When researching how the KG was being updated, it initially took me a long time to find entities that were anything except Wikipedia listings. It turns out, though, that Google has a lot of data that it does not initially reveal in the knowledge graph answer box.

Google’s knowledge graph extrapolates insights gleaned from its data set. Here is an example:

Google made two leaps here. The first was in what I searched for. I searched for “brother” and Google returned a sister! Google knows that “brother”, “Sister” and “siblings are semantically so close that Google made the substitution for me (and didn’t even tell me that it had). The second leap is that Google has provided details on a person without their own Wikipedia page.

In fact, there is no specific entity for Kasmira Cooke anywhere in the Wikimedia set of sites, if we use “Wikidata.org” as a measure:

How did Google get to this level of confidence? Google uses content to add to existing entries and in the process, creates new relationships. each “triple” as described in an earlier section, creates two entities. So in this case, Google felt it could trust the content on Wikipedia which gives several triples in just this section:

(From the Wikipedia page for Freddie Mercury)

Now Google knows:

  • Freddie Mercury (is the brother of) Kasmira Bulsara
  • KashmiraBulsara (is a type of) Person
  • KashmiraBulsara (is the same as) Kasmira Cooke

In fact, Google can then carry on collecting information about the new entity. Put “Kasmira Cooke” into Google and you get a pretty solid looking knowledge box.

What this teaches SEOs

You do not NEED to have a Wikipedia page to get your own entity in Google’s Knowledge Graph. Even so, it very much helps to be related (in this case quite literally) to an entity existing in Wikipedia. Have a good think about the entity you would LIKE to get listed in Google’s knowledge graph. Does it have any close relationships with any listings in Wikipedia? Does the person running that entity have a famous brother/sister/father/mother? If so, that person might get listed in Wikipedia as related to an existing entity. From there, they have their own entity. After this, you can possibly use schema to help Google understand that this entity runs the entity you wish to get listed.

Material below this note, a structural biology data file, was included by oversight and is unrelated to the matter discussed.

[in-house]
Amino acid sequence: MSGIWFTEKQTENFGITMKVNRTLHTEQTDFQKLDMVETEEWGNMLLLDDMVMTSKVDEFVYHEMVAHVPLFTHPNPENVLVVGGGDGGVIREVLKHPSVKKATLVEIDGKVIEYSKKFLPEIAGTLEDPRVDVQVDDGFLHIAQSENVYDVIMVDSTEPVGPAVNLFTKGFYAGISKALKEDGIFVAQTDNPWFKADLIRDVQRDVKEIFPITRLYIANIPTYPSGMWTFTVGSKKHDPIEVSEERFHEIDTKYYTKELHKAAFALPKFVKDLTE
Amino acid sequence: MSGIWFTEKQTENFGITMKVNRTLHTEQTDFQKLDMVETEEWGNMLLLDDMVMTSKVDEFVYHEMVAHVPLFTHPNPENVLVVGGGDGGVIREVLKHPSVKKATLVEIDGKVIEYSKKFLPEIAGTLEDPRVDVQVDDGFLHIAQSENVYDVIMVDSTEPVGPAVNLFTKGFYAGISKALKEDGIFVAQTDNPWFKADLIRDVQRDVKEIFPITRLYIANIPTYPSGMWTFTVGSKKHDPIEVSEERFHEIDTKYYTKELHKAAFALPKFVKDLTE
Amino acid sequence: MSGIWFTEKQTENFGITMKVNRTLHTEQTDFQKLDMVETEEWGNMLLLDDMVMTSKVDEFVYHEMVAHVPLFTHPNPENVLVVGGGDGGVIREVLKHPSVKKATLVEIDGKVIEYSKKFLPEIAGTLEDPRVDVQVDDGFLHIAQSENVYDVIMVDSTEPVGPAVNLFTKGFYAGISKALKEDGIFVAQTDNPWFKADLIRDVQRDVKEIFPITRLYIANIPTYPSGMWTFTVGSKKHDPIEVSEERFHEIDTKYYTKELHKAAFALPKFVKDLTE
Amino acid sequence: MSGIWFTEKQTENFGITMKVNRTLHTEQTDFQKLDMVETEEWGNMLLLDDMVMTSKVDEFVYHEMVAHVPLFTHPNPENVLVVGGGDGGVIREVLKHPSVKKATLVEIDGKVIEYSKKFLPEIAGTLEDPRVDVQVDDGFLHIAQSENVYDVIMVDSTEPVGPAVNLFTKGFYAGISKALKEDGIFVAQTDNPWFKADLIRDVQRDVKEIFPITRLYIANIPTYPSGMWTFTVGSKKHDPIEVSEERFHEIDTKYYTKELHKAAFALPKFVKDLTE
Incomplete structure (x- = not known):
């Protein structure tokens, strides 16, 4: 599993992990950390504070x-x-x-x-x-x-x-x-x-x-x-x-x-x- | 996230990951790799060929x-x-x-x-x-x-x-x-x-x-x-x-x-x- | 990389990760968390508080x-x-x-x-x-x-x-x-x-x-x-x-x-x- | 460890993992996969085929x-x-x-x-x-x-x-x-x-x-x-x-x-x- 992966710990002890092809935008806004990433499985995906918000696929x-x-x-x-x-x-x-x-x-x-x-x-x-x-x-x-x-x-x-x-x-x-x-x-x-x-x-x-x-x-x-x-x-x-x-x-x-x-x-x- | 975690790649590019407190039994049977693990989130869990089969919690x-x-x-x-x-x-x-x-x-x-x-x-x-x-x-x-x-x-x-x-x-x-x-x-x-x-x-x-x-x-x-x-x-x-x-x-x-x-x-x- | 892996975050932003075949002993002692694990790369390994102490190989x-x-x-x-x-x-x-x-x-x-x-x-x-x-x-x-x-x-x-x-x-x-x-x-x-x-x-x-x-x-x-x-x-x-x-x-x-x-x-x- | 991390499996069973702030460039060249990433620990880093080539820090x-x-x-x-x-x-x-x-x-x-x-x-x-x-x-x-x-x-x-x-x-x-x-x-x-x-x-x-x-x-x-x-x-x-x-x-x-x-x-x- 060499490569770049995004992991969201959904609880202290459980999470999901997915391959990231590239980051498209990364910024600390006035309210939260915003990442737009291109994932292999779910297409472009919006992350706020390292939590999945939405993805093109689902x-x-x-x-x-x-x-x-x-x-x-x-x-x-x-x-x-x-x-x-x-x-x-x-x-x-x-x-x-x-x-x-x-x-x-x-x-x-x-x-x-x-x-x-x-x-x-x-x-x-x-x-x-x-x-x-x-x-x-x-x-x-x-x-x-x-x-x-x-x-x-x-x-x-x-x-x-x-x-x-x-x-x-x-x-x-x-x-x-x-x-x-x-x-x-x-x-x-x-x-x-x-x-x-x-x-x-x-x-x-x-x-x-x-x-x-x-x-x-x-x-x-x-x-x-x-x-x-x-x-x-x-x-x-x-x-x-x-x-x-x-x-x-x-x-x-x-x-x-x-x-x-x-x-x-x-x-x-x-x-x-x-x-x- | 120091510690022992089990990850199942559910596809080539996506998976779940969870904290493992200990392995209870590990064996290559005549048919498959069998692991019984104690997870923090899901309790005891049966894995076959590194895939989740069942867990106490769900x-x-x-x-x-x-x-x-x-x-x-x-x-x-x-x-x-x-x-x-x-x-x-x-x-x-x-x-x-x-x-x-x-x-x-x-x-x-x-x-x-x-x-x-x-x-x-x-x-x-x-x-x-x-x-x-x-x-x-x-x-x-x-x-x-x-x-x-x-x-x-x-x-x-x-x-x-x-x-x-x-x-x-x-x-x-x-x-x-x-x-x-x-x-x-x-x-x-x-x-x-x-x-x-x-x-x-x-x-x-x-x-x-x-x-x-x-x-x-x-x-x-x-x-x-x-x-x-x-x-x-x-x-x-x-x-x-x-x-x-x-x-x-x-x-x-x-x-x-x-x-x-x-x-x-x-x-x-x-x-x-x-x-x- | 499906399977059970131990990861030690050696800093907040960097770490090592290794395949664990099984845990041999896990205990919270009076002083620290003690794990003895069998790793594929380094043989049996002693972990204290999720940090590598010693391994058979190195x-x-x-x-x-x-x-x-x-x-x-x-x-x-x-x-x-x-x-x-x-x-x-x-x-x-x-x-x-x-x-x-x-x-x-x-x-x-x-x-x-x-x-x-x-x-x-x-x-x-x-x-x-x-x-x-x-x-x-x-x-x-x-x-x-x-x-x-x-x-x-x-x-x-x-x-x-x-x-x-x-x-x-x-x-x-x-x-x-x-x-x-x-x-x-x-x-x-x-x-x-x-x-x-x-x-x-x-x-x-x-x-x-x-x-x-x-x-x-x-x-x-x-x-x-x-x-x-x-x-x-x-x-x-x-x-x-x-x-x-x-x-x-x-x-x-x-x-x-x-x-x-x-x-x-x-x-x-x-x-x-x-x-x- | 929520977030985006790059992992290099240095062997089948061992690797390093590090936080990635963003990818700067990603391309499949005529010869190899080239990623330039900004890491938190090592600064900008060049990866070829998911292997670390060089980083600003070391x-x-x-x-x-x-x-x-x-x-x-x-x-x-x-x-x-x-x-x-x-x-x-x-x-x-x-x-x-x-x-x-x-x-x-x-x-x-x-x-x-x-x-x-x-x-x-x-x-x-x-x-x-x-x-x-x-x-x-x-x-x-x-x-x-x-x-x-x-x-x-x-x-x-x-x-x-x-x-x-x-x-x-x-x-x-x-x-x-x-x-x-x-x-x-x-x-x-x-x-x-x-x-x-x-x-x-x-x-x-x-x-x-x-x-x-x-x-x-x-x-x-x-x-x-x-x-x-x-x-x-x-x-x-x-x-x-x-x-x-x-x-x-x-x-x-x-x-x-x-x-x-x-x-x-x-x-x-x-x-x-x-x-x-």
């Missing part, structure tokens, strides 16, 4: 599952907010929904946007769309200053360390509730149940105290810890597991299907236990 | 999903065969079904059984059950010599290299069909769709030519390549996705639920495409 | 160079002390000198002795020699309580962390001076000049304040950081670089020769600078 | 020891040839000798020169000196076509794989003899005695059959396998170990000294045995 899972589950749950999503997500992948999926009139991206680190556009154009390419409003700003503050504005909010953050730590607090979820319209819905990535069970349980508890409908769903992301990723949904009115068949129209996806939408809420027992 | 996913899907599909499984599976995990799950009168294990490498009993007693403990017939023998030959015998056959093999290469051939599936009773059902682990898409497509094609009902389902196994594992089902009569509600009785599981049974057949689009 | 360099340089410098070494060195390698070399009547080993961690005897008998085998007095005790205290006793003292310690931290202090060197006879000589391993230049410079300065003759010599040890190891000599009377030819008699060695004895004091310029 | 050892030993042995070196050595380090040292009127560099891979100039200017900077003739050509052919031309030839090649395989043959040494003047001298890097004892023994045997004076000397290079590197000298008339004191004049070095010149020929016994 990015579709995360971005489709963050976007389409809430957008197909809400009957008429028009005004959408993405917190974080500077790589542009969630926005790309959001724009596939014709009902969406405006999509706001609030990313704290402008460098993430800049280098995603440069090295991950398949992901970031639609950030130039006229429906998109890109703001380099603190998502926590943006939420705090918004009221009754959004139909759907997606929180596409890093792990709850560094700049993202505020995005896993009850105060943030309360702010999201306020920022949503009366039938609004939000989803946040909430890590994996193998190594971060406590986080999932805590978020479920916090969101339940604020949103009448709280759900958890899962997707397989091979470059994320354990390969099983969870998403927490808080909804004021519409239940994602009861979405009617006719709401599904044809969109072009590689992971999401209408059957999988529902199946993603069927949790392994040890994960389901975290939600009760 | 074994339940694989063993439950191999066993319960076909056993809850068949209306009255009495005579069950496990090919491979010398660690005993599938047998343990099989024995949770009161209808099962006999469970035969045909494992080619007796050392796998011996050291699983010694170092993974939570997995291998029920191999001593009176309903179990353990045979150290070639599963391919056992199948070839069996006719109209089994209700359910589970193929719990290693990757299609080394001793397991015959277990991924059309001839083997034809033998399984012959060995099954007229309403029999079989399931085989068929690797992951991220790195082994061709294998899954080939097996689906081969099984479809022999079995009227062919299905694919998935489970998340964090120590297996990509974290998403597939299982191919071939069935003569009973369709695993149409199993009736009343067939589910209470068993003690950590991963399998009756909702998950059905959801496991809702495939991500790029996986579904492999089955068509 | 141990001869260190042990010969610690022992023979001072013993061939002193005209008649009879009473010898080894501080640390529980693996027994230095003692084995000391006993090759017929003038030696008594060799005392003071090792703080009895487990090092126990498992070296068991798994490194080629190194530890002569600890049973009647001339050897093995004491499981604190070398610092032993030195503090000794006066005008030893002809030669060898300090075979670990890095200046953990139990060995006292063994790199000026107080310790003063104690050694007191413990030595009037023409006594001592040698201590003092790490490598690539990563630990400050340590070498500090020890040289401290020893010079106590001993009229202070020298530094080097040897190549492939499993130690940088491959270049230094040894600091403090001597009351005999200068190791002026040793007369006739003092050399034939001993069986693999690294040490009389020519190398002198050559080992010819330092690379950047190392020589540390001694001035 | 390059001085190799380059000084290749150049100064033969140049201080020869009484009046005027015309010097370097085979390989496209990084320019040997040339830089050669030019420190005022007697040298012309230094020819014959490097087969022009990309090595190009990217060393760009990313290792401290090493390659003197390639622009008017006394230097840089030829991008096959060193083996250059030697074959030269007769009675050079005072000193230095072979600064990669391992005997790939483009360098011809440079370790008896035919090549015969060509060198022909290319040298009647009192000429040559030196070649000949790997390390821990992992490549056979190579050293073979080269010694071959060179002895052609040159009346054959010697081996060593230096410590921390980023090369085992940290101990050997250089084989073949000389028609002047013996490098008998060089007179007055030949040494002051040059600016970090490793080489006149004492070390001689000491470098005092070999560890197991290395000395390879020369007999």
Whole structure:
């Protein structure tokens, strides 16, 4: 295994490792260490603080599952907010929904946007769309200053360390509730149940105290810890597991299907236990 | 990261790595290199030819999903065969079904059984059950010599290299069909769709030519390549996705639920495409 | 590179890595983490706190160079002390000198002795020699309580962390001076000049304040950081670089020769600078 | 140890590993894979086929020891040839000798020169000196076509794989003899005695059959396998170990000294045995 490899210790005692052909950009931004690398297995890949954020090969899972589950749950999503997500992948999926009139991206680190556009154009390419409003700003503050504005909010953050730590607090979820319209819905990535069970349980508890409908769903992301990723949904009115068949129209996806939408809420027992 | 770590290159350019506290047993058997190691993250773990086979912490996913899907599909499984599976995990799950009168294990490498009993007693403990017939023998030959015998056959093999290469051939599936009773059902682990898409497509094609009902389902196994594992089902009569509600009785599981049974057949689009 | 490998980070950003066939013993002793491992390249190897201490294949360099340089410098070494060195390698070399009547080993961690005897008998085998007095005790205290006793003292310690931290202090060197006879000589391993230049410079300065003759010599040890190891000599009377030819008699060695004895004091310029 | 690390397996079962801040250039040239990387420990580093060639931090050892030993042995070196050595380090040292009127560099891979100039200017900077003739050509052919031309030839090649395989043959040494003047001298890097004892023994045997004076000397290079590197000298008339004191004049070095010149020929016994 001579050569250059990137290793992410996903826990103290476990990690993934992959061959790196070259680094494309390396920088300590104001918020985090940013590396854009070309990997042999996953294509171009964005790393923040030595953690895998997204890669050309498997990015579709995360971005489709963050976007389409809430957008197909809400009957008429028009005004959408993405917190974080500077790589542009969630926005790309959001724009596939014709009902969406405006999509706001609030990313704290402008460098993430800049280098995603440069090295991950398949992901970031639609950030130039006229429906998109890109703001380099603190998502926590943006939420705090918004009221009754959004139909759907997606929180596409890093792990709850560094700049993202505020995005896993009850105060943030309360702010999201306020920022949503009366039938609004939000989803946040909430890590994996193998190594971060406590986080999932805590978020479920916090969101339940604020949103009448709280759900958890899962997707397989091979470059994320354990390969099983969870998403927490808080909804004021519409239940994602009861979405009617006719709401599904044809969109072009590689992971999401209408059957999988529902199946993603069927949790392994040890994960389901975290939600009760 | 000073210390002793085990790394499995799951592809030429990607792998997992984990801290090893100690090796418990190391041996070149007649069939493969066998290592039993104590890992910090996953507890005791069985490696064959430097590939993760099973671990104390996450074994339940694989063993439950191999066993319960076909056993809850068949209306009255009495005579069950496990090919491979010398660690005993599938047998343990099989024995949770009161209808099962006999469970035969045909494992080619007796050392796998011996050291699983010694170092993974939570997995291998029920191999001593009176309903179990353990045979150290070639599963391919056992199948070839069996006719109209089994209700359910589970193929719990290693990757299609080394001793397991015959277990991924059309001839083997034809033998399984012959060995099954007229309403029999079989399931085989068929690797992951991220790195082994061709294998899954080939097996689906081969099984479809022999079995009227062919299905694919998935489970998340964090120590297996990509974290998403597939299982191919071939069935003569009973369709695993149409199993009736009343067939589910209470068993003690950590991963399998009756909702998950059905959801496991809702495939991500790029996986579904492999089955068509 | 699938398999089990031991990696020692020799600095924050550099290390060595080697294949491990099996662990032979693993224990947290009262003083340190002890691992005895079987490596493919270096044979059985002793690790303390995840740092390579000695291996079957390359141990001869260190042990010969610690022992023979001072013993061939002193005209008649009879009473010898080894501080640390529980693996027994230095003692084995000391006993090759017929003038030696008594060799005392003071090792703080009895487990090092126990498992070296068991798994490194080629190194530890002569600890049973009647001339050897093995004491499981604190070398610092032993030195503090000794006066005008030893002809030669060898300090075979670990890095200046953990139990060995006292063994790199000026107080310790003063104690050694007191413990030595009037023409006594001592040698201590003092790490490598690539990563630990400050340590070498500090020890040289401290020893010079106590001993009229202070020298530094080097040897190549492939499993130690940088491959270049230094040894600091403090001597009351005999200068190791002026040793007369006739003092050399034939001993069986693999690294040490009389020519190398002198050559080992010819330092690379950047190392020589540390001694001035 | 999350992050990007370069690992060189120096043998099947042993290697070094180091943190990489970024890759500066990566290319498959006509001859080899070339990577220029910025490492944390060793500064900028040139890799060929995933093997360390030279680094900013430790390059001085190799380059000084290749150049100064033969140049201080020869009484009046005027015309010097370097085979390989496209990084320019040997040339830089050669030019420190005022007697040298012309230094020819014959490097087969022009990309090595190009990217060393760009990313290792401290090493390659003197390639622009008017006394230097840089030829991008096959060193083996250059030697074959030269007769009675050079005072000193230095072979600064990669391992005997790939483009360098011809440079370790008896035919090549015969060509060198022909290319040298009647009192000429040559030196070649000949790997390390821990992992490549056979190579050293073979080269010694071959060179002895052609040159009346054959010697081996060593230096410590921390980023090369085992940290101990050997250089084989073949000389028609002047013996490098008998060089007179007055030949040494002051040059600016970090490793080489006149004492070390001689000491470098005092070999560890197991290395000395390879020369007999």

Hire a Chair / Patron

Not all of us have the luxury of a famous brother or sister. But Princess Anne has nine pages of charities that she supports. These allow Google to make the connection. It does not in any way GUARANTEE it, though. Leuchie Forever Fund is a charity supported by Princess Royal, but as of the writing date, this charity did not have an entity, but it offers a potential path for the enterprising SEO to develop.

Who says that the Old School Tie network is dying out in the age of automation?

Start with a Unique Word to Brand your Entity

Google would have had a lot more difficulty in making these relationships if Freddie Mercury was not a unique name and if his surname had not been “Bulsara”. Uniqueness helps the KG reach levels of confidence faster. I am not suggesting a change of name will guarantee success, but it might be a consideration if you are just starting out and have not yet settled on a strategy.

Google is an agnostic White Man

This might be a little contentious, but “brother” and “sister” both have different meanings in black and religious communities. Google has connected these words so closely with the word “siblings” that its algorithm may have become closed to other interpretations of these words. This may emanate from the types of people involved in curating the initial seed set. This bias is a recognized problem in the building of Knowledge graphs.

There are also other databases that google considers beyond Wikipedia… let’s look at a few approaches to getting into these…

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